Unmanned Surface Vessels Counter the Threat of Mines
By George Jagels
The U.S. Navy’s most talked about acquisition program, the Littoral Combat Ship (LCS), is, at $500 million per vessel, relatively inexpensive for a modern warship. With a crew ranging in size from 50 to 88, the LCS is designed to control coastal areas with speed, diverse mission packages, and shallow draft that destroyers and cruisers lack. Littorals, however, can be very dangerous, and U.S. adversaries are adjusting their strategies to deny access to them. Regardless of the LCS’ lower cost and smaller crew, the Navy does not want to put ships at risk in the face of asymmetric threats.
One such threat the U.S. Navy wants to counter is sea mines. These cheap and easy-to-produce moored bombs affected U.S. operations in the Persian Gulf in 1991, and have sunk 14 U.S. Navy ships since World War II. Floating mines are widely considered a potential terrorist weapon in a harbor or shipping lane. States such as Iran have threatened to mine heavily trafficked waterways as well. Such action could significantly disrupt commerce, even without sinking a single ship. Current U.S. Navy anti-mine equipment includes the MH-53 Sea Dragon helicopter and Avenger-class mine countermeasures (MCM) ship, both of which are nearing the end of their service life.
Dull, Dirty, and Dangerous
In response, the U.S. Navy is developing an MCM capability for the LCS. Part of this capability is the Unmanned Influence Sweep System (UISS), which requires an inexpensive, semi-autonomous, and long-endurance unmanned surface vessel (USV) to counter acoustic and magnetic mines using an influence system. Subsequent increments will include mine hunting and neutralization and multi-mission capability. These boats would have to be small—approximately 10 tons—in order to operate from an LCS. The Navy has asked for final UISS proposals from a number of companies, and the engineering, manufacture, and development portion is supposed to finish before FY 16.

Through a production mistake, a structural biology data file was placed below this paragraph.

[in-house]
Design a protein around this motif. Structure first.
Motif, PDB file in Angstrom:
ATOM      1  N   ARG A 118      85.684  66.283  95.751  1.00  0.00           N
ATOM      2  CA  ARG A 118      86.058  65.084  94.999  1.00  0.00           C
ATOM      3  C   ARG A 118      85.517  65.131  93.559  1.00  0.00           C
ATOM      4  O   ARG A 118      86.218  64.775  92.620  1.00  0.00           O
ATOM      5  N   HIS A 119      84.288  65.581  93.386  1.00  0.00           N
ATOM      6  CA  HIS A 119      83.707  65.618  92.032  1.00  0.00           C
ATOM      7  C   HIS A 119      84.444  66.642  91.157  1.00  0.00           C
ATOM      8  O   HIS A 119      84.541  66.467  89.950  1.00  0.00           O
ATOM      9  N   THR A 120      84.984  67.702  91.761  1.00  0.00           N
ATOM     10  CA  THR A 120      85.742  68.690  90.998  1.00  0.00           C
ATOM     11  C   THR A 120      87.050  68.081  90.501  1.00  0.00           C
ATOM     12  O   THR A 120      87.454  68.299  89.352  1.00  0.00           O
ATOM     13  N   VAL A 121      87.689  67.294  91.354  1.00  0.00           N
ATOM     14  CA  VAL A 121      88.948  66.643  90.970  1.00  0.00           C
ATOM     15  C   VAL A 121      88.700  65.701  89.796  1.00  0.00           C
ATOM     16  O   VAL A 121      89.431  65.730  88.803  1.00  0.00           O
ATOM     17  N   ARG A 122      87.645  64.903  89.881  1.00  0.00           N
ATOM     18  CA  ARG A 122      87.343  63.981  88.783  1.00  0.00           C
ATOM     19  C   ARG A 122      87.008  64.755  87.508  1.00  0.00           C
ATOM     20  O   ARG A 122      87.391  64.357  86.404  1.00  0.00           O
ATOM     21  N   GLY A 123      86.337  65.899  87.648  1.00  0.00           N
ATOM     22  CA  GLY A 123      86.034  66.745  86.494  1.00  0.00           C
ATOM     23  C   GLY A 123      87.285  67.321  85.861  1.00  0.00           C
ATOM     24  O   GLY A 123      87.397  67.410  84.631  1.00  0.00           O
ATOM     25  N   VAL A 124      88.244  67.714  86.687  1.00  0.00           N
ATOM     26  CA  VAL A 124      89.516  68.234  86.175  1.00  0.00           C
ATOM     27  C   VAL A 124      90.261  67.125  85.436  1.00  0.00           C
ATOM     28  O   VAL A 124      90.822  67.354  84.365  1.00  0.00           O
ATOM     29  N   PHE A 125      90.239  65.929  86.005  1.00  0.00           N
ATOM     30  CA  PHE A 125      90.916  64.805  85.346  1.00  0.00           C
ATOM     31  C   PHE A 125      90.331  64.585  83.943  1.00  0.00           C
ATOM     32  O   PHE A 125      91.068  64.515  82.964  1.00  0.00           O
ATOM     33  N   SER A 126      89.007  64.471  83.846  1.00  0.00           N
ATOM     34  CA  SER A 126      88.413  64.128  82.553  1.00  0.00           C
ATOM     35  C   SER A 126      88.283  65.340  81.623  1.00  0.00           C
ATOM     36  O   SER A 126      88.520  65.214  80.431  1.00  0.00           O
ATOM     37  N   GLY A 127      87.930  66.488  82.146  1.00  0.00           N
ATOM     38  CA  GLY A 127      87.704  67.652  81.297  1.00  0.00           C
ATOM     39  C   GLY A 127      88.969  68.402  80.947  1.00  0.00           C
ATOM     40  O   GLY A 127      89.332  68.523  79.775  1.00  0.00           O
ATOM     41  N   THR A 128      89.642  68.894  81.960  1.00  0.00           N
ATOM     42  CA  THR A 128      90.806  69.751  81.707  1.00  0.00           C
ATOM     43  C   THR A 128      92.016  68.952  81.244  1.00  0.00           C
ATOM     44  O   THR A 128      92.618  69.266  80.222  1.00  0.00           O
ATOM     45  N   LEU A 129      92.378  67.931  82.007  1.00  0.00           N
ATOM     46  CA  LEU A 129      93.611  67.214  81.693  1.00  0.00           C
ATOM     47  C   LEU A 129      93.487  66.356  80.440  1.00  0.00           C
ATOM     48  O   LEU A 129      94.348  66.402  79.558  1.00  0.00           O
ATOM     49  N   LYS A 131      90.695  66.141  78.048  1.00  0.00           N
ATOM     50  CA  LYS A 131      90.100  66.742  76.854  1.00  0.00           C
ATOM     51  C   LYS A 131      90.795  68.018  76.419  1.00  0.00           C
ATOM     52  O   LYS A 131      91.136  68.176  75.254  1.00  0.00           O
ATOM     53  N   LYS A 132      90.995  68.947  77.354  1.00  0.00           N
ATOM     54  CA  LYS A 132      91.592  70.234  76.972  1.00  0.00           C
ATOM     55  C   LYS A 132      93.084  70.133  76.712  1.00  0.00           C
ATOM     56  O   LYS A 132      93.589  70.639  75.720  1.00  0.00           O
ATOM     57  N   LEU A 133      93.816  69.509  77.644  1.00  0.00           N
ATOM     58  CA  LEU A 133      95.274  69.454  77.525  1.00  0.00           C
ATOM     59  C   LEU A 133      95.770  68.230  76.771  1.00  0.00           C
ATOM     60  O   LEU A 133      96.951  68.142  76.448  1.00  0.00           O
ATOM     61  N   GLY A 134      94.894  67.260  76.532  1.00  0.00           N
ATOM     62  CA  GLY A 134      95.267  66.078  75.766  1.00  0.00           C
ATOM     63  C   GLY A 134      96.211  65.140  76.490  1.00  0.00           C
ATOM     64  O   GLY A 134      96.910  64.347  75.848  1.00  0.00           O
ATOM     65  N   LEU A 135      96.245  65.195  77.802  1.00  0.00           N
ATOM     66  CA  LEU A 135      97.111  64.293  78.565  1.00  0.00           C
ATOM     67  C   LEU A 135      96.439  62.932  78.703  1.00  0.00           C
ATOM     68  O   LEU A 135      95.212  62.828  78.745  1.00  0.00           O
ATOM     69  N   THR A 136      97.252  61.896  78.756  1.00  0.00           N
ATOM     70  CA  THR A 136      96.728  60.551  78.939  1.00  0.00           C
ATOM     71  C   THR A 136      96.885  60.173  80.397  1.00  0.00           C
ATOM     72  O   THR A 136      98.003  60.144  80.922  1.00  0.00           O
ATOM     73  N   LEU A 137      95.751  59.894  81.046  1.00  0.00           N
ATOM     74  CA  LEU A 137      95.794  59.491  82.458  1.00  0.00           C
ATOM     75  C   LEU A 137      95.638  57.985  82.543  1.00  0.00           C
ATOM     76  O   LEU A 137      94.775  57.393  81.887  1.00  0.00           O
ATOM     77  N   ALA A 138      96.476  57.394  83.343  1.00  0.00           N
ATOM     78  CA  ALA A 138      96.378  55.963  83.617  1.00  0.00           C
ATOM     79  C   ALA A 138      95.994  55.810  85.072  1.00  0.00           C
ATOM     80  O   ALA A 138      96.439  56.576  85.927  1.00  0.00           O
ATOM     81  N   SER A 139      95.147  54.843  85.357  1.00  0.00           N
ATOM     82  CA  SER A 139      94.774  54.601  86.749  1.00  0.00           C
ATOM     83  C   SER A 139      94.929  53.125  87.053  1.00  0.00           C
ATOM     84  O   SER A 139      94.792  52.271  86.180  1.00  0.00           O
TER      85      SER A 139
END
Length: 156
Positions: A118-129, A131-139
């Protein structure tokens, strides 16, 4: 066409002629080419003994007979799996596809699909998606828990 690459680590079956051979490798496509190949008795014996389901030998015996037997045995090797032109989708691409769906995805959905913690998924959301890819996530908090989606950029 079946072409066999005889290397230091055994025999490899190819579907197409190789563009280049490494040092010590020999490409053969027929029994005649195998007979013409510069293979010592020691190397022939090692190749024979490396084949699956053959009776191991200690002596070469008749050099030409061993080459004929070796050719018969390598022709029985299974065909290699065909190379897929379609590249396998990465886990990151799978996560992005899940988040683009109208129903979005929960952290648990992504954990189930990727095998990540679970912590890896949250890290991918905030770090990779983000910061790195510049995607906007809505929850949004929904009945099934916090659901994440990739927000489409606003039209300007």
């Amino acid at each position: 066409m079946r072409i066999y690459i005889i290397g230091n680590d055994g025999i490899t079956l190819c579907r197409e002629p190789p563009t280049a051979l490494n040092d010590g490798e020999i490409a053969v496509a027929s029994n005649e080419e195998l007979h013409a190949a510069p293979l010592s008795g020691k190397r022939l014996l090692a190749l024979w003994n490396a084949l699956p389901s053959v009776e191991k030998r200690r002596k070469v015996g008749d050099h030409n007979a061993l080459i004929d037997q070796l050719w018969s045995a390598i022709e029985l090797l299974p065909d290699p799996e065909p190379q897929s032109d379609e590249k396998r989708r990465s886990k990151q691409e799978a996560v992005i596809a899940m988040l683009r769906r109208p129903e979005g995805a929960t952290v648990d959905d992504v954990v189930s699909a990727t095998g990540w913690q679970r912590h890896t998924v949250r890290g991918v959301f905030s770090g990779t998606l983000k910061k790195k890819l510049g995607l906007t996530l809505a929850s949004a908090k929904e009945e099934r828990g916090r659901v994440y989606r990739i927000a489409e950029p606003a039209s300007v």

Though an undersea vehicle would be stealthier, having a relatively inexpensive USV operate in, as the saying goes, the “dull, dirty, and dangerous” role of minesweeping makes sense, particularly if the vessel might be sacrificed at any time. “In my opinion, one of the reasons the MCM mission is first out of the chute is that’s not where you want to have people,” said Bill Leonard, director of unmanned surface systems at Textron Systems. “In the sweeping- and hunting-type mission, you cover vast amounts of ocean, and you need to survive the detonation of a mine.”
Dave Antanitus, a retired Navy rear admiral and business development manager at Leidos, reinforced this point in an article for National Defense magazine last April: “[S]urface vehicles are much simpler to build and carry more useful payload per dollar than undersea vehicles … Operating on the surface enables sensing and communicating in the acoustic domain underwater and the radio frequency domain above water, providing real-time connectivity and relevance to the rest of the battle force. The bottom line is that [USVs] provide a distinct cost and performance advantage in any mission that doesn’t require the extreme stealth of an underwater platform.”